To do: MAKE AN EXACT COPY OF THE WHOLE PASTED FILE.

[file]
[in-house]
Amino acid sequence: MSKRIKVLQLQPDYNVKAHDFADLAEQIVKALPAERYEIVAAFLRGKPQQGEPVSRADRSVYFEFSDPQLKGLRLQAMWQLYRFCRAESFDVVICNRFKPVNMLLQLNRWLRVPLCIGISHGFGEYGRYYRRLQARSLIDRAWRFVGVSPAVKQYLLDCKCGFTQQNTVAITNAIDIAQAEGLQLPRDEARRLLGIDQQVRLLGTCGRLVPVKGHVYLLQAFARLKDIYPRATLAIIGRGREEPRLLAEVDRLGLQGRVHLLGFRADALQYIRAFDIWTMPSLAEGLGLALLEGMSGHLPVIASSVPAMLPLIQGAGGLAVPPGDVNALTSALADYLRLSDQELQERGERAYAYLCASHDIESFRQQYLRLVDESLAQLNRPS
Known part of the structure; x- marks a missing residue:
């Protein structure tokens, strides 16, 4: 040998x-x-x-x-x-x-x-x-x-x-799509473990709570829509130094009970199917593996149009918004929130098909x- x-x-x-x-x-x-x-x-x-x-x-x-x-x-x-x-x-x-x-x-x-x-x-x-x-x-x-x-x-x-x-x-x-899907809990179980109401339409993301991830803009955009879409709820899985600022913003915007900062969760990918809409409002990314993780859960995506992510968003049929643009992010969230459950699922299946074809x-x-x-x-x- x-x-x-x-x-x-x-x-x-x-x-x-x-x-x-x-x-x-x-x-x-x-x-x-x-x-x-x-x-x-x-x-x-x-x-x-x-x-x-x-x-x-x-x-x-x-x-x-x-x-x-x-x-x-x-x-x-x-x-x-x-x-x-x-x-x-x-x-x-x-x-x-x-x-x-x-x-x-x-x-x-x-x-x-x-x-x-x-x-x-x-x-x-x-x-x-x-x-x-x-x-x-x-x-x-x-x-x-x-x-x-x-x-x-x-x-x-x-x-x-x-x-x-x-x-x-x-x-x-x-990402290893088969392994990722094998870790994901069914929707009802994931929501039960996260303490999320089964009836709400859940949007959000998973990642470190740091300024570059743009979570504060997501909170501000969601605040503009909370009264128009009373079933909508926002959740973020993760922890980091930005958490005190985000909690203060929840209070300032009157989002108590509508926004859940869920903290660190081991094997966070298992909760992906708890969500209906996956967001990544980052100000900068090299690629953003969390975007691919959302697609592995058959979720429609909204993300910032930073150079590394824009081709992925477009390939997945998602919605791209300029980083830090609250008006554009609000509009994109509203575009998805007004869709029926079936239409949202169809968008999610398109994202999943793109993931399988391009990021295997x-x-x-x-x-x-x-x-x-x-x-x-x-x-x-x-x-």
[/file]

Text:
[in-house]
Amino acid sequence: MSKRIKVLQLQPDYNVKAHDFADLAEQIVKALPAERYEIVAAFLRGKPQQGEPVSRADRSVYFEFSDPQLKGLRLQAMWQLYRFCRAESFDVVICNRFKPVNMLLQLNRWLRVPLCIGISHGFGEYGRYYRRLQARSLIDRAWRFVGVSPAVKQYLLDCKCGFTQQNTVAITNAIDIAQAEGLQLPRDEARRLLGIDQQVRLLGTCGRLVPVKGHVYLLQAFARLKDIYPRATLAIIGRGREEPRLLAEVDRLGLQGRVHLLGFRADALQYIRAFDIWTMPSLAEGLGLALLEGMSGHLPVIASSVPAMLPLIQGAGGLAVPPGDVNALTSALADYLRLSDQELQERGERAYAYLCASHDIESFRQQYLRLVDESLAQLNRPS
Known part of the structure; x- marks a missing residue:
């Protein structure tokens, strides 16, 4: 040998x-x-x-x-x-x-x-x-x-x-799509473990709570829509130094009970199917593996149009918004929130098909x- x-x-x-x-x-x-x-x-x-x-x-x-x-x-x-x-x-x-x-x-x-x-x-x-x-x-x-x-x-x-x-x-x-899907809990179980109401339409993301991830803009955009879409709820899985600022913003915007900062969760990918809409409002990314993780859960995506992510968003049929643009992010969230459950699922299946074809x-x-x-x-x- x-x-x-x-x-x-x-x-x-x-x-x-x-x-x-x-x-x-x-x-x-x-x-x-x-x-x-x-x-x-x-x-x-x-x-x-x-x-x-x-x-x-x-x-x-x-x-x-x-x-x-x-x-x-x-x-x-x-x-x-x-x-x-x-x-x-x-x-x-x-x-x-x-x-x-x-x-x-x-x-x-x-x-x-x-x-x-x-x-x-x-x-x-x-x-x-x-x-x-x-x-x-x-x-x-x-x-x-x-x-x-x-x-x-x-x-x-x-x-x-x-x-x-x-x-x-x-x-x-x-990402290893088969392994990722094998870790994901069914929707009802994931929501039960996260303490999320089964009836709400859940949007959000998973990642470190740091300024570059743009979570504060997501909170501000969601605040503009909370009264128009009373079933909508926002959740973020993760922890980091930005958490005190985000909690203060929840209070300032009157989002108590509508926004859940869920903290660190081991094997966070298992909760992906708890969500209906996956967001990544980052100000900068090299690629953003969390975007691919959302697609592995058959979720429609909204993300910032930073150079590394824009081709992925477009390939997945998602919605791209300029980083830090609250008006554009609000509009994109509203575009998805007004869709029926079936239409949202169809968008999610398109994202999943793109993931399988391009990021295997x-x-x-x-x-x-x-x-x-x-x-x-x-x-x-x-x-």